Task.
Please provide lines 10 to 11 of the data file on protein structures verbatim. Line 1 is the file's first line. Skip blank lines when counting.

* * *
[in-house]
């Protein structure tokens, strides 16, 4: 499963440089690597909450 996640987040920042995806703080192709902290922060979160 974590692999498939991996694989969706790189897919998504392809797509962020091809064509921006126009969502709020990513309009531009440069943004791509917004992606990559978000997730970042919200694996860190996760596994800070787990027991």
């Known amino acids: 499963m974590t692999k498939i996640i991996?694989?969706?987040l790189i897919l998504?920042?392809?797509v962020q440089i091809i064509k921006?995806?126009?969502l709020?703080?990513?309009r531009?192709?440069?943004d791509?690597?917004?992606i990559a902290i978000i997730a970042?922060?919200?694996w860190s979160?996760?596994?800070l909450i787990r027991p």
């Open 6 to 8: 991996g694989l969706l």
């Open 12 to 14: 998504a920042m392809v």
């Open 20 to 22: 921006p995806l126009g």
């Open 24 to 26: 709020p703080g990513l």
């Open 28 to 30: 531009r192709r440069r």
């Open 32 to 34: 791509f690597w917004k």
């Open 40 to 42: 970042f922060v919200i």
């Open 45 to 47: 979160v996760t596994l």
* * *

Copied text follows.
């Open 40 to 42: 970042f922060v919200i």
């Open 45 to 47: 979160v996760t596994l």